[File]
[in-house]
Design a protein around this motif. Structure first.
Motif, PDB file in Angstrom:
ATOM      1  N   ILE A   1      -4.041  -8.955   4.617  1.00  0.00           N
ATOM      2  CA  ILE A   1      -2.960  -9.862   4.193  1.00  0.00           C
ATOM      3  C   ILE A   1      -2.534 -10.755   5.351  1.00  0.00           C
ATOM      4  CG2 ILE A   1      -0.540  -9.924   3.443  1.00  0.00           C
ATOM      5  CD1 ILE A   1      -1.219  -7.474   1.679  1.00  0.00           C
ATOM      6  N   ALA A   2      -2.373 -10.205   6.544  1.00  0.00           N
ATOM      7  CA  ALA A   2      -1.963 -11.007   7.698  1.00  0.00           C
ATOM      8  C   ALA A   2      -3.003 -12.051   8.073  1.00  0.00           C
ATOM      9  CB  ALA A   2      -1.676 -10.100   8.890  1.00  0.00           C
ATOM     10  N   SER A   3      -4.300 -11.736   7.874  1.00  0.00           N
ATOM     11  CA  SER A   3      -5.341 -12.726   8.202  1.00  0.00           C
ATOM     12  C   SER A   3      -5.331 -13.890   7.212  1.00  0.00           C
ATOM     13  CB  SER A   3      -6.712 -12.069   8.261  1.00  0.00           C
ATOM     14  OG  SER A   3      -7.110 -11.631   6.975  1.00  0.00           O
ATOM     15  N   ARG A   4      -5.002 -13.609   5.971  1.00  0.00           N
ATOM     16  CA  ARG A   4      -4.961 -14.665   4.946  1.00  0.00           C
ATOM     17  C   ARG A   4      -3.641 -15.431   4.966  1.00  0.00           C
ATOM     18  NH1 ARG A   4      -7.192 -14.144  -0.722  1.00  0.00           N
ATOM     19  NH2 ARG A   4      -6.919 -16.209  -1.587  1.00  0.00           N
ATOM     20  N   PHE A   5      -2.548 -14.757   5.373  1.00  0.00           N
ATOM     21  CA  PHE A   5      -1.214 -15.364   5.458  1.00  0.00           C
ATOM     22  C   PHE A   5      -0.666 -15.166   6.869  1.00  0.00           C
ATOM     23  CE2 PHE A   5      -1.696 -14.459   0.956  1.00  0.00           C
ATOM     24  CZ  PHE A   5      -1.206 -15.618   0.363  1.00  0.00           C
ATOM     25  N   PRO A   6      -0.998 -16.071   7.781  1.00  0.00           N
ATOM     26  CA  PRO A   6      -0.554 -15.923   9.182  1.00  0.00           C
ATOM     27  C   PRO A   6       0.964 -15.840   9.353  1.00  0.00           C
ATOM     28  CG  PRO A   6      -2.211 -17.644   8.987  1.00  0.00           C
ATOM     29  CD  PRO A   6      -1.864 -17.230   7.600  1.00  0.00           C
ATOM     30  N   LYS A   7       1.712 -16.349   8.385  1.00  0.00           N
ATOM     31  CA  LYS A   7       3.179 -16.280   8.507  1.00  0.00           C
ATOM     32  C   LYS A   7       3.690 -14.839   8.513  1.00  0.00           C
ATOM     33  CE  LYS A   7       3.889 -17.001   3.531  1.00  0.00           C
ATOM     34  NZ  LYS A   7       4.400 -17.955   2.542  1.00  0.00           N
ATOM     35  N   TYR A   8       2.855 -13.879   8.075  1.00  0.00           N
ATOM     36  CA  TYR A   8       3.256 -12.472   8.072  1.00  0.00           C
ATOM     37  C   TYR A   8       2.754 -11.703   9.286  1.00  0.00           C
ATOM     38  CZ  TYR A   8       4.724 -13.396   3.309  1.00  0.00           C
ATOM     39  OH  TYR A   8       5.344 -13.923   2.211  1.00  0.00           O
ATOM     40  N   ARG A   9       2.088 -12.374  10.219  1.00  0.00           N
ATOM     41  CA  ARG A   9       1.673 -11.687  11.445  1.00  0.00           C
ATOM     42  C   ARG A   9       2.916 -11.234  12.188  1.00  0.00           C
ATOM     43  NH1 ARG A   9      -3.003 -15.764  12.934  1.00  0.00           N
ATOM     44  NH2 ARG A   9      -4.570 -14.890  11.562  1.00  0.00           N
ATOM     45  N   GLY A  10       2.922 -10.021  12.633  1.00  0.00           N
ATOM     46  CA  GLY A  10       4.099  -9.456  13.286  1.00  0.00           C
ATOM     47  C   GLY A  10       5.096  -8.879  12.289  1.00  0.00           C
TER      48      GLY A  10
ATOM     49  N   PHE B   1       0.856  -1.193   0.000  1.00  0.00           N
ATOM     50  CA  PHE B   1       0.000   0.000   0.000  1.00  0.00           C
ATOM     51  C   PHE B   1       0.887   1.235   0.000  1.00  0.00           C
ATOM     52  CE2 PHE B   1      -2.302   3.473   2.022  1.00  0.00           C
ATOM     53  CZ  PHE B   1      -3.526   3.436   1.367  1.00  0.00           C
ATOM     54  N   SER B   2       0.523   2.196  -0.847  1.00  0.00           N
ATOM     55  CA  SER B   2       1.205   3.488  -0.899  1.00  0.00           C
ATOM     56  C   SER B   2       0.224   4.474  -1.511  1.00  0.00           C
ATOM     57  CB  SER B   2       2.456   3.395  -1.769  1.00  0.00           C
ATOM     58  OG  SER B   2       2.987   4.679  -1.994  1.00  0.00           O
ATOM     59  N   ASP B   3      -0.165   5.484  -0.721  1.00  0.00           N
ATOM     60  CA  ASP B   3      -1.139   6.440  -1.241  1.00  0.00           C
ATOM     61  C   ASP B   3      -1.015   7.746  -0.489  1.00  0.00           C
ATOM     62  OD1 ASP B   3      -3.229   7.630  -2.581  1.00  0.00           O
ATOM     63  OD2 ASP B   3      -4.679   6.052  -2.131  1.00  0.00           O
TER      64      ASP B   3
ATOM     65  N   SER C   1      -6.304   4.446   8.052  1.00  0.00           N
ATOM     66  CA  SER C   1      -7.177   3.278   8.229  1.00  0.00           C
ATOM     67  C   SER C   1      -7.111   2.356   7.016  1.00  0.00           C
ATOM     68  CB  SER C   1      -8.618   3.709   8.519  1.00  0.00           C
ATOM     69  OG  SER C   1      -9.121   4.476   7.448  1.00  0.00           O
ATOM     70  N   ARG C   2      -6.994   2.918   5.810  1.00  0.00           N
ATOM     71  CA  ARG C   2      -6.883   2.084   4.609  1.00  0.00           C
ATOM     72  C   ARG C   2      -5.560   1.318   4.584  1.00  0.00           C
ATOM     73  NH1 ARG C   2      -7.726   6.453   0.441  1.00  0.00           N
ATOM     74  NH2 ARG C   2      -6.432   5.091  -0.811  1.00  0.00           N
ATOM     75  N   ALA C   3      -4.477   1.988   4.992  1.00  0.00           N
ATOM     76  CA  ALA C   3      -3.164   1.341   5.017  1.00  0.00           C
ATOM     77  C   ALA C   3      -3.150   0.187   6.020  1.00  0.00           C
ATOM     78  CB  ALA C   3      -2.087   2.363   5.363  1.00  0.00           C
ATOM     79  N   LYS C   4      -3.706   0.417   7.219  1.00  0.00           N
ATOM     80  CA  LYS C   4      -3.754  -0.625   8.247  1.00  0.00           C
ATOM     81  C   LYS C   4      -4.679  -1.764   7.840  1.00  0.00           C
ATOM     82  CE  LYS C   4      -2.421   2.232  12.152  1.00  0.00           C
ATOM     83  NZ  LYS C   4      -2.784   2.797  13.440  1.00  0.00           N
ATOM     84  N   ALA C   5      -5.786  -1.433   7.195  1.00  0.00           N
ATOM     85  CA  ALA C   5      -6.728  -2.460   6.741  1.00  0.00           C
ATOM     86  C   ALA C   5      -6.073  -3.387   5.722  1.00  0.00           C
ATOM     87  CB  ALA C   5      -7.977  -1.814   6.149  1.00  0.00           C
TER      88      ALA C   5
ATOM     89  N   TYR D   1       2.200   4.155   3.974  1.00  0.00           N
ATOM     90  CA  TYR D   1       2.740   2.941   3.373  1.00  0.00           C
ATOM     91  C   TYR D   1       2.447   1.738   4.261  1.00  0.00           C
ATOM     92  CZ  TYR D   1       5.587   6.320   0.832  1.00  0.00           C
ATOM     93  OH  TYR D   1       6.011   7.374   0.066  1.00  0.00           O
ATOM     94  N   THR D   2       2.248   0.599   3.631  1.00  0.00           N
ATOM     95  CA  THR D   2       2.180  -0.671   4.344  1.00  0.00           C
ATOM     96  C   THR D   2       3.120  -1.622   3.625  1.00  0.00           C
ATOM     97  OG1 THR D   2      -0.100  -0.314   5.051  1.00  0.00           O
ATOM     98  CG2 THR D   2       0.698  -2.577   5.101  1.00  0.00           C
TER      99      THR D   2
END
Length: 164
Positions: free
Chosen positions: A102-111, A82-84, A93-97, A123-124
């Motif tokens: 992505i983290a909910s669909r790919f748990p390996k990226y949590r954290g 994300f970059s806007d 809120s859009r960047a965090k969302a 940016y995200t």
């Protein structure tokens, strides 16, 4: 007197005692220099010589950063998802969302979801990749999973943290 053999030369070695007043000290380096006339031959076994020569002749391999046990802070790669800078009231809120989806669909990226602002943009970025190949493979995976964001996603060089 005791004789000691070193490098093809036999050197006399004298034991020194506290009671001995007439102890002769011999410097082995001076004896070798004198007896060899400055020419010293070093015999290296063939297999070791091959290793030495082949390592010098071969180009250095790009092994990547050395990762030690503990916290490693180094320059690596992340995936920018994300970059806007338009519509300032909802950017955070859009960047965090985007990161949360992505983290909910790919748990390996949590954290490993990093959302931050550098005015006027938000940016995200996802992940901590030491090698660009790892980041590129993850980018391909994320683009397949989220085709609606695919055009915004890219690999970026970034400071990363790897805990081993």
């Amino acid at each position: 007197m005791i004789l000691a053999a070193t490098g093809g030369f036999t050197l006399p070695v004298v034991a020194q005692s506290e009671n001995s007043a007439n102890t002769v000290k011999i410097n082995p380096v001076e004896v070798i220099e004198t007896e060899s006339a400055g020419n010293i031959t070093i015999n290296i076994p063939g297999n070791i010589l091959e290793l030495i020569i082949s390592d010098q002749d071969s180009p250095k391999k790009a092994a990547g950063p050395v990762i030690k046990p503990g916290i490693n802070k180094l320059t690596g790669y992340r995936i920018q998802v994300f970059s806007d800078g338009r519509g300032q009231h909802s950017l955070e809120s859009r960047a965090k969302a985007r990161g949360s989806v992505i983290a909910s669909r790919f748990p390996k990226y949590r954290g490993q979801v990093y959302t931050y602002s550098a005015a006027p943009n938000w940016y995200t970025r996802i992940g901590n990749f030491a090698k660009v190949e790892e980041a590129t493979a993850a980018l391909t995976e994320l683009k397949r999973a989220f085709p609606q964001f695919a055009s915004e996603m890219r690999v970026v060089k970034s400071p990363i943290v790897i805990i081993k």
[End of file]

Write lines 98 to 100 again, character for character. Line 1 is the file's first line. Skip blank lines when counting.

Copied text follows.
ATOM     95  CA  THR D   2       2.180  -0.671   4.344  1.00  0.00           C
ATOM     96  C   THR D   2       3.120  -1.622   3.625  1.00  0.00           C
ATOM     97  OG1 THR D   2      -0.100  -0.314   5.051  1.00  0.00           O